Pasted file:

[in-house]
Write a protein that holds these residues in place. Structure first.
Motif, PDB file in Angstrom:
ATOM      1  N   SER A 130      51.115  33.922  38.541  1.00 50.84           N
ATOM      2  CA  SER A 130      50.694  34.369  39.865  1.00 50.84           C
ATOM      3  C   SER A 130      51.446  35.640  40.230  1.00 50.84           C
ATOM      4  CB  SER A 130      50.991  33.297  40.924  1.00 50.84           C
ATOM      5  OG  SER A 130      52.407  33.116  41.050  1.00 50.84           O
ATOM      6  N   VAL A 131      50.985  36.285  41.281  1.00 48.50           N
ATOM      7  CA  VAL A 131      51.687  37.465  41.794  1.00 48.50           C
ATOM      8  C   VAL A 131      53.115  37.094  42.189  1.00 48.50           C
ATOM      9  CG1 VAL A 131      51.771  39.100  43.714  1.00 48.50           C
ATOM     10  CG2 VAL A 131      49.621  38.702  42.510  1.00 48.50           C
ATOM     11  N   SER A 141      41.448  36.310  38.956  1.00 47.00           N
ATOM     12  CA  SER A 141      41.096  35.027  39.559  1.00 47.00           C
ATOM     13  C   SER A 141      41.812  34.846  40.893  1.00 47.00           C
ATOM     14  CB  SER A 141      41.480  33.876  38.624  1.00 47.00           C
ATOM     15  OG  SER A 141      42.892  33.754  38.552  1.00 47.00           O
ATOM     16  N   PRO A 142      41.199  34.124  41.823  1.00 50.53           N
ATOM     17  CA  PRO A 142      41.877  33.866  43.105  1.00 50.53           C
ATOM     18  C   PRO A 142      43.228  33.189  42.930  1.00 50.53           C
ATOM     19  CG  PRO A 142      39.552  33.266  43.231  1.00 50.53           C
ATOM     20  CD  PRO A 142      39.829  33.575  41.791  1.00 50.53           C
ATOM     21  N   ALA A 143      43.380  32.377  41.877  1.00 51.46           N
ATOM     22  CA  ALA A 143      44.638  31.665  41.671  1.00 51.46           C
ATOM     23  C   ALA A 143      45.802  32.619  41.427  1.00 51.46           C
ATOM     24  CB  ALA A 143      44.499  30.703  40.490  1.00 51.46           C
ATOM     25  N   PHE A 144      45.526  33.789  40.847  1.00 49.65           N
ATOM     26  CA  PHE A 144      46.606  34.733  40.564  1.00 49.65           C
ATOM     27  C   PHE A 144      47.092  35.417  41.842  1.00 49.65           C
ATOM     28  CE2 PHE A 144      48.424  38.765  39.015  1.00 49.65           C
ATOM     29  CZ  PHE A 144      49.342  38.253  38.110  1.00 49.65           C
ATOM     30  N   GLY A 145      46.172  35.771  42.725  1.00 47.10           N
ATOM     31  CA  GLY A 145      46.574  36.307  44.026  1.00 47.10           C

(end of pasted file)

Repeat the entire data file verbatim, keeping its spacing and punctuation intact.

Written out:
[in-house]
Write a protein that holds these residues in place. Structure first.
Motif, PDB file in Angstrom:
ATOM      1  N   SER A 130      51.115  33.922  38.541  1.00 50.84           N
ATOM      2  CA  SER A 130      50.694  34.369  39.865  1.00 50.84           C
ATOM      3  C   SER A 130      51.446  35.640  40.230  1.00 50.84           C
ATOM      4  CB  SER A 130      50.991  33.297  40.924  1.00 50.84           C
ATOM      5  OG  SER A 130      52.407  33.116  41.050  1.00 50.84           O
ATOM      6  N   VAL A 131      50.985  36.285  41.281  1.00 48.50           N
ATOM      7  CA  VAL A 131      51.687  37.465  41.794  1.00 48.50           C
ATOM      8  C   VAL A 131      53.115  37.094  42.189  1.00 48.50           C
ATOM      9  CG1 VAL A 131      51.771  39.100  43.714  1.00 48.50           C
ATOM     10  CG2 VAL A 131      49.621  38.702  42.510  1.00 48.50           C
ATOM     11  N   SER A 141      41.448  36.310  38.956  1.00 47.00           N
ATOM     12  CA  SER A 141      41.096  35.027  39.559  1.00 47.00           C
ATOM     13  C   SER A 141      41.812  34.846  40.893  1.00 47.00           C
ATOM     14  CB  SER A 141      41.480  33.876  38.624  1.00 47.00           C
ATOM     15  OG  SER A 141      42.892  33.754  38.552  1.00 47.00           O
ATOM     16  N   PRO A 142      41.199  34.124  41.823  1.00 50.53           N
ATOM     17  CA  PRO A 142      41.877  33.866  43.105  1.00 50.53           C
ATOM     18  C   PRO A 142      43.228  33.189  42.930  1.00 50.53           C
ATOM     19  CG  PRO A 142      39.552  33.266  43.231  1.00 50.53           C
ATOM     20  CD  PRO A 142      39.829  33.575  41.791  1.00 50.53           C
ATOM     21  N   ALA A 143      43.380  32.377  41.877  1.00 51.46           N
ATOM     22  CA  ALA A 143      44.638  31.665  41.671  1.00 51.46           C
ATOM     23  C   ALA A 143      45.802  32.619  41.427  1.00 51.46           C
ATOM     24  CB  ALA A 143      44.499  30.703  40.490  1.00 51.46           C
ATOM     25  N   PHE A 144      45.526  33.789  40.847  1.00 49.65           N
ATOM     26  CA  PHE A 144      46.606  34.733  40.564  1.00 49.65           C
ATOM     27  C   PHE A 144      47.092  35.417  41.842  1.00 49.65           C
ATOM     28  CE2 PHE A 144      48.424  38.765  39.015  1.00 49.65           C
ATOM     29  CZ  PHE A 144      49.342  38.253  38.110  1.00 49.65           C
ATOM     30  N   GLY A 145      46.172  35.771  42.725  1.00 47.10           N
ATOM     31  CA  GLY A 145      46.574  36.307  44.026  1.00 47.10           C